Although it is difficult to predict our funding requirements, based upon our current operating plan, we anticipate that our existing cash and cash equivalents, short-term investments and certain long-term investments as of December 31, 2020, combined with the collaboration payments we anticipate receiving, will enable us to fund our planned operations into 2022 and potentially beyond.
We reported a net loss of $180.6 million for the year ended December 31, 2020 and through December 31, 2020, we had an accumulated deficit of $471.3 million. Over the next several years, we expect to continue to incur losses as we increase our
research and development expenditures in connection with the ongoing development of our product candidates and other clinical, preclinical and regulatory activities.
COVID-19 has impacted our research and development activities, but has not caused significant disruptions to our business operations to date. In March 2020, we transitioned our workforce to a remote working arrangement to protect the health and safety of our employees. In June 2020, we implemented a program to facilitate the phased return of employees to our lab and office facilities pursuant to enhanced health and safety protocols consistent with guidelines issued by local health authorities. Our preclinical research activities were supplemented by support from external CROs to complement the temporarily reduced capacity at our lab facilities. Certain clinical trial activities, including patient enrollment and site activations, were delayed or otherwise impacted by COVID-19. To date, COVID-19 has not had a material impact on our financial condition, liquidity or longer-term strategic development and commercialization plans.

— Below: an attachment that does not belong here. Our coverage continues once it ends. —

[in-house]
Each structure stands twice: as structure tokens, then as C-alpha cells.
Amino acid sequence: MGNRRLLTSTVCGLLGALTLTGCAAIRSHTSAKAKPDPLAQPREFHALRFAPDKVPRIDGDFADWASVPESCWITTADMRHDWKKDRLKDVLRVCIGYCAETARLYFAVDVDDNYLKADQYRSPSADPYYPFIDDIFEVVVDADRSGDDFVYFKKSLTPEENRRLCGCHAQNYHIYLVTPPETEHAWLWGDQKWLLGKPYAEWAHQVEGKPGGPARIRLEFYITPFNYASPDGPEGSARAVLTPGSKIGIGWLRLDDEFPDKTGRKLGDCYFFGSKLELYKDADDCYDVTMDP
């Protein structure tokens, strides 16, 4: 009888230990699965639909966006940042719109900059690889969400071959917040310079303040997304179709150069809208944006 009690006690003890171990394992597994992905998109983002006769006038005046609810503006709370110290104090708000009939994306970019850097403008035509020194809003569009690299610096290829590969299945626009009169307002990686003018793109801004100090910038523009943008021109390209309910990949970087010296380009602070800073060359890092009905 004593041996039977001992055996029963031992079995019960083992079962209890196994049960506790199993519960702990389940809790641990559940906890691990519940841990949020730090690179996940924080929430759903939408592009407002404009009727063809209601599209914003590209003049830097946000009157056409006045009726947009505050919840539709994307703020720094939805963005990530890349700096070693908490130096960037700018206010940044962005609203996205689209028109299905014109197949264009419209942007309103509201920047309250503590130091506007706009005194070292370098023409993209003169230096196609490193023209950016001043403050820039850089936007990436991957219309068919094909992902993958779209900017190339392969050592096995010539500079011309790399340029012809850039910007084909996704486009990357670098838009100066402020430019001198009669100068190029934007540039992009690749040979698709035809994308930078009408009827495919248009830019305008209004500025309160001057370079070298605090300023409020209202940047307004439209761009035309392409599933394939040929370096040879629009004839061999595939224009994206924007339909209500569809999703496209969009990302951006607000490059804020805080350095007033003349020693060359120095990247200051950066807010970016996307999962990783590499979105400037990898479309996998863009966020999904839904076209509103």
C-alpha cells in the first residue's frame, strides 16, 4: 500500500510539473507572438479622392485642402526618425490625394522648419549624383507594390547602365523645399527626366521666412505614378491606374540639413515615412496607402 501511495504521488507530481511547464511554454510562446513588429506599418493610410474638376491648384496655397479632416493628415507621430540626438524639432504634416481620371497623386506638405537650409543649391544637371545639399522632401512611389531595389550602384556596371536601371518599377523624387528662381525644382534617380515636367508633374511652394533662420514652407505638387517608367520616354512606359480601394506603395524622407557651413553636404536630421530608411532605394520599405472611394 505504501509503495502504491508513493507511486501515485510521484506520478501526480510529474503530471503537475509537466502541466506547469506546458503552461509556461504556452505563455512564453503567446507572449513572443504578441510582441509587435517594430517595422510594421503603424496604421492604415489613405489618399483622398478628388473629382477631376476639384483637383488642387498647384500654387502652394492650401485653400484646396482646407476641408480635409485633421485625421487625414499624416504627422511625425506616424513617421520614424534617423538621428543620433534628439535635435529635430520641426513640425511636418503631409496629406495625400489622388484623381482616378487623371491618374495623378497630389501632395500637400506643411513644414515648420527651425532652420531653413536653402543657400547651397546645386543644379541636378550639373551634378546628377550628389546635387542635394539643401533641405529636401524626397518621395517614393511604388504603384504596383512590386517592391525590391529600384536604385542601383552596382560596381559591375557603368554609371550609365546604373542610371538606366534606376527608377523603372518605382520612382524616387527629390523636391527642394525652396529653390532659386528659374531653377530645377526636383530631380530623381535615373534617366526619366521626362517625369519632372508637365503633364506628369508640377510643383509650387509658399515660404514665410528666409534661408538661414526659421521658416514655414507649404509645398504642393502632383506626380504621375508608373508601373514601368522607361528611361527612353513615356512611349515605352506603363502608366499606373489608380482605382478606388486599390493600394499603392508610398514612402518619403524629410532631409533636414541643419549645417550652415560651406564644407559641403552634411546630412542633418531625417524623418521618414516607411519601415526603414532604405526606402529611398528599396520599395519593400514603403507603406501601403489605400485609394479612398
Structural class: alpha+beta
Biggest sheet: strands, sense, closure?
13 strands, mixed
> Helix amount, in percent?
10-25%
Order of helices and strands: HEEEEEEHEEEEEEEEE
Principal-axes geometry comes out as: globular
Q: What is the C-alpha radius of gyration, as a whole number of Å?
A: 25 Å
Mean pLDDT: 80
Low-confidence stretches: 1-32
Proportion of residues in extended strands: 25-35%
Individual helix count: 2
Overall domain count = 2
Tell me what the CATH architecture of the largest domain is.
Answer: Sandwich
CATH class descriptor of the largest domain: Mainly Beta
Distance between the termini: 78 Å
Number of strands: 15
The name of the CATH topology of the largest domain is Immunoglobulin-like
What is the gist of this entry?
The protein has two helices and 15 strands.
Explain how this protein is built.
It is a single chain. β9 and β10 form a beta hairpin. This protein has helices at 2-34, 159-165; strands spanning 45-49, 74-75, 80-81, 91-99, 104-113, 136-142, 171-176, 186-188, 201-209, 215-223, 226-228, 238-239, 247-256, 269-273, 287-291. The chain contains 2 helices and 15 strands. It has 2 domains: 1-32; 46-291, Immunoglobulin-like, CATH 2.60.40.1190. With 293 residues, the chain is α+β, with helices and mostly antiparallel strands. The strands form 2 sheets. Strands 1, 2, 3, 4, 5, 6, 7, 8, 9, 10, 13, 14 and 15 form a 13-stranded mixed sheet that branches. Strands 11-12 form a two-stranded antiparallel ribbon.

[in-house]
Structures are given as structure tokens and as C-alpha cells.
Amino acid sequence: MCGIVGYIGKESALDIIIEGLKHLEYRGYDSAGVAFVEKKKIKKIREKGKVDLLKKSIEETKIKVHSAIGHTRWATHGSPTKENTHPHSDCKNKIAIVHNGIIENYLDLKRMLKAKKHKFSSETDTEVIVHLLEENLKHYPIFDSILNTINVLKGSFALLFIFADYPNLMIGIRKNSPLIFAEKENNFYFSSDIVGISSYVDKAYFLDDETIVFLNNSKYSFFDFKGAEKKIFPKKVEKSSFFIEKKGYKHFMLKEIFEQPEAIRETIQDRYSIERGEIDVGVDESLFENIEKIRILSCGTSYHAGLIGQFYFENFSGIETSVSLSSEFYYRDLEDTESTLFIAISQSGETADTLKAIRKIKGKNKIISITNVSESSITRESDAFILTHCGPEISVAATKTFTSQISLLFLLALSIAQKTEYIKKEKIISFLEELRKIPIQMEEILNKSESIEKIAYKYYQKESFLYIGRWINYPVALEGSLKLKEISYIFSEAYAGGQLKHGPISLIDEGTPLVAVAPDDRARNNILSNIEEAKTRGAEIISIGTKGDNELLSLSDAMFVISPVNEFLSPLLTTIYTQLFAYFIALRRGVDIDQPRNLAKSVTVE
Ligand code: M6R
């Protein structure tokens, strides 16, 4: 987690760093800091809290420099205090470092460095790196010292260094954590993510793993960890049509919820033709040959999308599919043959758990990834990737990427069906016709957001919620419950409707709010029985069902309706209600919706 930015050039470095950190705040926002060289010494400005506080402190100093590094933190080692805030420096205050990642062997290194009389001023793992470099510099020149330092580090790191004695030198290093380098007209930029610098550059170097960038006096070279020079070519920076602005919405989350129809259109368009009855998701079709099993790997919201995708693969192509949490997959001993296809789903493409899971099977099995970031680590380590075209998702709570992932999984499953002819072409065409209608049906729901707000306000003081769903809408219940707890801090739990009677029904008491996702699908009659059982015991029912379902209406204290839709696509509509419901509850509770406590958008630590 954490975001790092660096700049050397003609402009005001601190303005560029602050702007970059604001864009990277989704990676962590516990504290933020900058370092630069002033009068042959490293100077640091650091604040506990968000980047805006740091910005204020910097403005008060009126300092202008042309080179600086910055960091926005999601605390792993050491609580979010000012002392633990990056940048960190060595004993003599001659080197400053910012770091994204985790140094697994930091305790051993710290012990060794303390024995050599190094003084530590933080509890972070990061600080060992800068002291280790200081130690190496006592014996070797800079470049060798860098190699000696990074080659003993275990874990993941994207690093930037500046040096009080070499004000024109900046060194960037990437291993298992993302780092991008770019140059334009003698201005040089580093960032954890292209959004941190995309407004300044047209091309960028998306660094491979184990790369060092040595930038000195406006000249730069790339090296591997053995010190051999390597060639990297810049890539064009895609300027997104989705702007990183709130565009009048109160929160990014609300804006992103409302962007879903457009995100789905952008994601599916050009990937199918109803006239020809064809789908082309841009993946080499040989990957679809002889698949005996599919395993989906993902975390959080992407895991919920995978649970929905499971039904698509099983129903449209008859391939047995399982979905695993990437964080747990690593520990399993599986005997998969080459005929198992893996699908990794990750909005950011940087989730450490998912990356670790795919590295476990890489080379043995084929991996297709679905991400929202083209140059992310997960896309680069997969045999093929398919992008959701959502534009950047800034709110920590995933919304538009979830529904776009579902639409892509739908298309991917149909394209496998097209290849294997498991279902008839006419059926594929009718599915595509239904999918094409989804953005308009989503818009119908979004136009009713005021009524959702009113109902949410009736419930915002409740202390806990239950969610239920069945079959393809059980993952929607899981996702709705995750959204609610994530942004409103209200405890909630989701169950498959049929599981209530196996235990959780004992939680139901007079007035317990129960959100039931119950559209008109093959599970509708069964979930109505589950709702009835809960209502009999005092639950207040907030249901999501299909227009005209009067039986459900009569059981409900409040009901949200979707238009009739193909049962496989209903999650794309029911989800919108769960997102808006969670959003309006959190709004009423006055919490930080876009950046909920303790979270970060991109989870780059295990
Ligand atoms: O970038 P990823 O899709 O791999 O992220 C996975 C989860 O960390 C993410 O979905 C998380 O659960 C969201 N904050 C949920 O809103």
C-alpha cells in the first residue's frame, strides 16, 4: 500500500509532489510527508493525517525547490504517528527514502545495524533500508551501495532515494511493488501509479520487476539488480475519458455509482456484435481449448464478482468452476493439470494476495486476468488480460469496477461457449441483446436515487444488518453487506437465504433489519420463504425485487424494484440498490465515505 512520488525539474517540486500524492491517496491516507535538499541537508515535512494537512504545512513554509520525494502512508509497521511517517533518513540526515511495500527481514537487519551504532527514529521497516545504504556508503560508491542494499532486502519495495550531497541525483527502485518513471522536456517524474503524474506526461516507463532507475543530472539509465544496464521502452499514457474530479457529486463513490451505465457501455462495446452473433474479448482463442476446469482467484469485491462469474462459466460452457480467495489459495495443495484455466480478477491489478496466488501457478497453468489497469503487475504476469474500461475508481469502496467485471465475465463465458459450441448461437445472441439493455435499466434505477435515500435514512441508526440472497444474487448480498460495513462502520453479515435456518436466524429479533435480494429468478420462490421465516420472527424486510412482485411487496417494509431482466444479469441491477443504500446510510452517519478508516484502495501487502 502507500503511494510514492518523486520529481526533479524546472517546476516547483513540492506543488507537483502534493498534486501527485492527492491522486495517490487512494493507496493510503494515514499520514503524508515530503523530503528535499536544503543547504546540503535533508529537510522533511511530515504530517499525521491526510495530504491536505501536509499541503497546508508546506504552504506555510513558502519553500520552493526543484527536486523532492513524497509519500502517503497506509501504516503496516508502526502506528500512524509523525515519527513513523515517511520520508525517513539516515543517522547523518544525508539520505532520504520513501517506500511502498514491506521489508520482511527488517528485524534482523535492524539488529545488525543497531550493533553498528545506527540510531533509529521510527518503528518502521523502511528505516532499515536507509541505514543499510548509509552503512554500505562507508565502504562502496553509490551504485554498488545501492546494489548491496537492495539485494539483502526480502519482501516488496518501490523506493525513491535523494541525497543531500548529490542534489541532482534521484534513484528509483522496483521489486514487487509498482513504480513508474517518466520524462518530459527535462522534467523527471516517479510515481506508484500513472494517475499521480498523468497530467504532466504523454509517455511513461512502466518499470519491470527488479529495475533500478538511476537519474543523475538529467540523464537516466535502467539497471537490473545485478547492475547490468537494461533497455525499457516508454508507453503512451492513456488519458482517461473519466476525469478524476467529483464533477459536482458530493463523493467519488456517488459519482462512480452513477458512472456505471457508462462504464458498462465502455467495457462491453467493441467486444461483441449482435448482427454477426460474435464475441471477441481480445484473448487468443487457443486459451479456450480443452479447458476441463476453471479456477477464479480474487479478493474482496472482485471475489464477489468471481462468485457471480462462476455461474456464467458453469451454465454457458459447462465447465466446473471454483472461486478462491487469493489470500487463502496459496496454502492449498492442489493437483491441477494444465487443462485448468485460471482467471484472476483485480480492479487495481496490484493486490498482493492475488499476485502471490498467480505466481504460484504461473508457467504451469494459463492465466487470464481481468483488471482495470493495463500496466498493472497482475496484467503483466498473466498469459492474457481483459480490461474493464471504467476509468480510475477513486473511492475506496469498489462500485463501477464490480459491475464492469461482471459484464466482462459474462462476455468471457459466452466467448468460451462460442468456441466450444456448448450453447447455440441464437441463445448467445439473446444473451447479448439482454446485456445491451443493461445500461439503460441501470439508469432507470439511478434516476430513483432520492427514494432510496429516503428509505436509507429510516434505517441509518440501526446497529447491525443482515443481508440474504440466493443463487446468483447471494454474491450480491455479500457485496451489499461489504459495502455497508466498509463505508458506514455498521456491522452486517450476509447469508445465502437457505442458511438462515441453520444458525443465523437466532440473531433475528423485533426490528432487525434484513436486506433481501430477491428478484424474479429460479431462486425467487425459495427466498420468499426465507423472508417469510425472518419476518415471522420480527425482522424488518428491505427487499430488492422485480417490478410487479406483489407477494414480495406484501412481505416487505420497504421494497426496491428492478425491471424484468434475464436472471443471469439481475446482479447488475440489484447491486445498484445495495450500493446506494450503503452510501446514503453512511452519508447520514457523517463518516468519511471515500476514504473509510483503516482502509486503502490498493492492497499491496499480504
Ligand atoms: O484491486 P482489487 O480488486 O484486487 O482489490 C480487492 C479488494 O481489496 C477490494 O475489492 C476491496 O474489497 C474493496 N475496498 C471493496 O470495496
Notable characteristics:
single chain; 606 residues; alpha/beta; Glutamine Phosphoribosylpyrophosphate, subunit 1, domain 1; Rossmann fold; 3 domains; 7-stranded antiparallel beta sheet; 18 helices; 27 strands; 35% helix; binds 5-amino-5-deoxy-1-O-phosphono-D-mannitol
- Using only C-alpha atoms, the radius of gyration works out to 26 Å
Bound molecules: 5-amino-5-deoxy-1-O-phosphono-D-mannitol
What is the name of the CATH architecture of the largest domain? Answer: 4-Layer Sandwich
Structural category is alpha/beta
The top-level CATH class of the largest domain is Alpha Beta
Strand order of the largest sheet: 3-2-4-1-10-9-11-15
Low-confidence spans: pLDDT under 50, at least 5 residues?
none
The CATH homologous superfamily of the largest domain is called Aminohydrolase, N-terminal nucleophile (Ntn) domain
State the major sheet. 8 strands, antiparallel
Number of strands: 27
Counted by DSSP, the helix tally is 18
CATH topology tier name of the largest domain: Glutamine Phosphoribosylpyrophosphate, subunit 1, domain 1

The extent to which COVID-19 may cause more significant disruptions to our business and greater impacts to our results of operations will depend on future developments, which are highly uncertain and cannot be predicted with confidence, such as the duration and severity of outbreaks, including potential future waves or cycles, and the effectiveness of actions to contain and treat COVID-19. We cannot predict the duration, scope and severity of any potential business shutdowns or disruptions, including to our ongoing and planned clinical studies and our regulatory approval prospects. Further prolonged shutdowns or other business interruptions could result in material and negative effects to our ability to conduct our business in the manner and on the timelines currently planned, which could have a material adverse impact on our business, results of operations, and financial condition. The COVID-19 pandemic continues to rapidly evolve, and we will continue to monitor the effects of COVID-19 on our business. See Part I - Item 1A, “Risk Factors – Risks Related to Our Business and the Development and Commercialization of Our Product Candidates – Our business has been and may continue to be adversely affected by the COVID-19 pandemic.”